How to customise a file upload control

If your website lets users upload files, you have probably compared the default file upload control with custom solutions. In this article I will show you can have both, using a method that uses the default input, but looks completely custom.

The default file upload

This is a default file upload:

<input type="file" id="file-upload" />
<label for="file-upload">Upload a file</label>

It is one of those HTML elements that has a lot of usability and accessibility built in.

To name a few things that you get for free when using the native <input type=file>:

  • it can show the file name of the upload file
  • it can be used with just a keyboard
  • on phones, it will let your user take a photo or choose to select files from specific apps
  • on desktop browsers, it will let your user browse the file system
  • it can be set to allow multiple files to be selected
  • it can distinguish between file types with its optional accept attribute
  • it exposes a useful files DOM attribute for usage in your scripts (as well as a slightly less useful value)
  • it integrates with your browser’s built in error mechanism

File input that matches your brand

Something you probably don’t get for free is a smooth integration with your brand’s design guidelines. They might prescribe buttons to be blue or rounded corners everywhere.

The HTML example above related the input with a corresponding label. I used corresponding for and id attributes, but wrapping the input inside a label works just as well.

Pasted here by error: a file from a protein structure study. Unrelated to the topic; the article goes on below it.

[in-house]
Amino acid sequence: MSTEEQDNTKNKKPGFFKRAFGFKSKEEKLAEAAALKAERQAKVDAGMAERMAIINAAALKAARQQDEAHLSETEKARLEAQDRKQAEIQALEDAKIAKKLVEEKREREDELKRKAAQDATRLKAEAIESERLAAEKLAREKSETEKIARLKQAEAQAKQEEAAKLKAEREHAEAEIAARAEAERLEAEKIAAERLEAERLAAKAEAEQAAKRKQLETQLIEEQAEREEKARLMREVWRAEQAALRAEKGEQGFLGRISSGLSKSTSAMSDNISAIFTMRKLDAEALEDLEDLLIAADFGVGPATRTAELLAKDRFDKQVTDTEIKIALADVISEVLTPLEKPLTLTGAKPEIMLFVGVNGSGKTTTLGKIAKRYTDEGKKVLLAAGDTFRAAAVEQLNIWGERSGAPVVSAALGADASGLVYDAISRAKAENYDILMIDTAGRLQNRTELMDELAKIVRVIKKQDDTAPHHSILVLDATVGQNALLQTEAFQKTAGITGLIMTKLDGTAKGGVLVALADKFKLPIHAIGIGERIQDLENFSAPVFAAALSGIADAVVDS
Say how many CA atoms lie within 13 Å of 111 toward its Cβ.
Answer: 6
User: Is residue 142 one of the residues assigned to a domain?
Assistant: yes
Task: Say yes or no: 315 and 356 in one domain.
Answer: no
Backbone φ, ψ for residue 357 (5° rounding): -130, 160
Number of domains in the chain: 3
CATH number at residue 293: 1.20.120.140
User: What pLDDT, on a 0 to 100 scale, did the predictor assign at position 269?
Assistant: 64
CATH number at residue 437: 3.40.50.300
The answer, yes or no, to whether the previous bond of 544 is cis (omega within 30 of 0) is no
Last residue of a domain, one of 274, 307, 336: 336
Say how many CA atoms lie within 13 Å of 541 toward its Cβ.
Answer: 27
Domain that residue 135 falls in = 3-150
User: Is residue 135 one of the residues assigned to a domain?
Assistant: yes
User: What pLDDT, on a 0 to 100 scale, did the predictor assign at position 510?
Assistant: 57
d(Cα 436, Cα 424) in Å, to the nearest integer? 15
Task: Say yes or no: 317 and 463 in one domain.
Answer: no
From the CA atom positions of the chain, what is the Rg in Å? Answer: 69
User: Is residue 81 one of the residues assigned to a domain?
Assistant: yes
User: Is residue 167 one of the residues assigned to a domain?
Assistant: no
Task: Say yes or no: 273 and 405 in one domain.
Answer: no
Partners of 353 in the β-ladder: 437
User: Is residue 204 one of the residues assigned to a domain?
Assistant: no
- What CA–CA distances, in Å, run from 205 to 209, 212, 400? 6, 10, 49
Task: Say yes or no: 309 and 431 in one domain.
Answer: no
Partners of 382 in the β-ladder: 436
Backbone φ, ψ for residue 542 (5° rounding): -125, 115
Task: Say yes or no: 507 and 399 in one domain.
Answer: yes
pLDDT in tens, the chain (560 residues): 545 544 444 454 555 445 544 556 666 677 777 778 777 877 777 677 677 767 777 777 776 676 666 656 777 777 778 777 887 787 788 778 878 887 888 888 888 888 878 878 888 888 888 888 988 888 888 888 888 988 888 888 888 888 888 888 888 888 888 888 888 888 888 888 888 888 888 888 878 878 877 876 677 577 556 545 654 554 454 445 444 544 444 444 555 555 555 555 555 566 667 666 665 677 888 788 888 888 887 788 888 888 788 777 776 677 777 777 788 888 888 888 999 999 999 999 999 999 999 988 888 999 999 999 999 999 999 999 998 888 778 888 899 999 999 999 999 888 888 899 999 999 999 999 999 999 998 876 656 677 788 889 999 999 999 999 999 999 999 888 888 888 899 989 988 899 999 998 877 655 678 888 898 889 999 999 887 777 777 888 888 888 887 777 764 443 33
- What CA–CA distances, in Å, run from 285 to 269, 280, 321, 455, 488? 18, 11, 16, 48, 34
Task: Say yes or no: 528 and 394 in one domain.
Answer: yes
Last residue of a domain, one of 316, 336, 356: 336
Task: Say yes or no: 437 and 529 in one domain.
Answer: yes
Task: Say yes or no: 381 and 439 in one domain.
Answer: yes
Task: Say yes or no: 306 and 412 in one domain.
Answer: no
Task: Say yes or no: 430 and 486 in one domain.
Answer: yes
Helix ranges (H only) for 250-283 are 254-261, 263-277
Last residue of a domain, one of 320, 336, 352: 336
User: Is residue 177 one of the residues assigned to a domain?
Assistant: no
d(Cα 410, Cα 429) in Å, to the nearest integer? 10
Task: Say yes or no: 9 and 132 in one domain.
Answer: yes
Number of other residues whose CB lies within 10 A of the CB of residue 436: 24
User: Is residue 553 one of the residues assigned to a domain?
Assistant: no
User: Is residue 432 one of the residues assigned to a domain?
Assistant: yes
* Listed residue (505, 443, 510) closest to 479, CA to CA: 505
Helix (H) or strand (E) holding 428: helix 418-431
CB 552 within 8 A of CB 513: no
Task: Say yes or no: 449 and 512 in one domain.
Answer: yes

In all browsers, you will find that you don’t actually have to click the input to activate it: clicking the label will do. Because of this, the trick, which I learned from Krijn, is simple: hide the <input/> and style the <label>.

Hide the input

You want to hide the input, but do that in a way that screenreaders don’t assume it does not exist. The method for hiding is to make it ‘visually’ hidden, but not actually hidden to assistive technologies.

This is one way:

input[type="file"] { 
  opacity: 0; /* make transparent */
  z-index: -1; /* move under anything else */
  position: absolute; /* don't let it take up space */

There are various different approaches to this, the important thing is that the method does not render the input unusable (as visibility: hidden would, for example), or move it off screen (as left: -9999em would), as that would move any native error messages off screen as well.

Style the label

Now, only the label is visible and you can style it however you like. You can make it look like a button, add background gradients, drop shadows, whatever your heart desires.

Add focus styles

It would be good to add the focus styles that your input had to the label. You can select this in CSS as follows:

input[type="file"]:focus + label {
  outline: 2px solid;  /* example focus style */


To make a custom file upload control, use a standard file upload and label, then visually hide the input and style the label.

Update: On Twitter, Phil pointed out that if you use the above example, users can’t see the file name of what they’ve uploaded. This is a great point; in my own implementation I’ve used some JavaScript to access the input’s files property onchange of the input, which I then inserted into the page if it had changed (I’ve created a Codepen to show how to do this)

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Hidde de Vries (@hdv on Twitter) is a freelance front-end developer based in Rotterdam, The Netherlands. He helps governments and businesses get usable front-ends for their end users. Member of Fronteers and former volunteer there, organising conferences, meetups and workshops.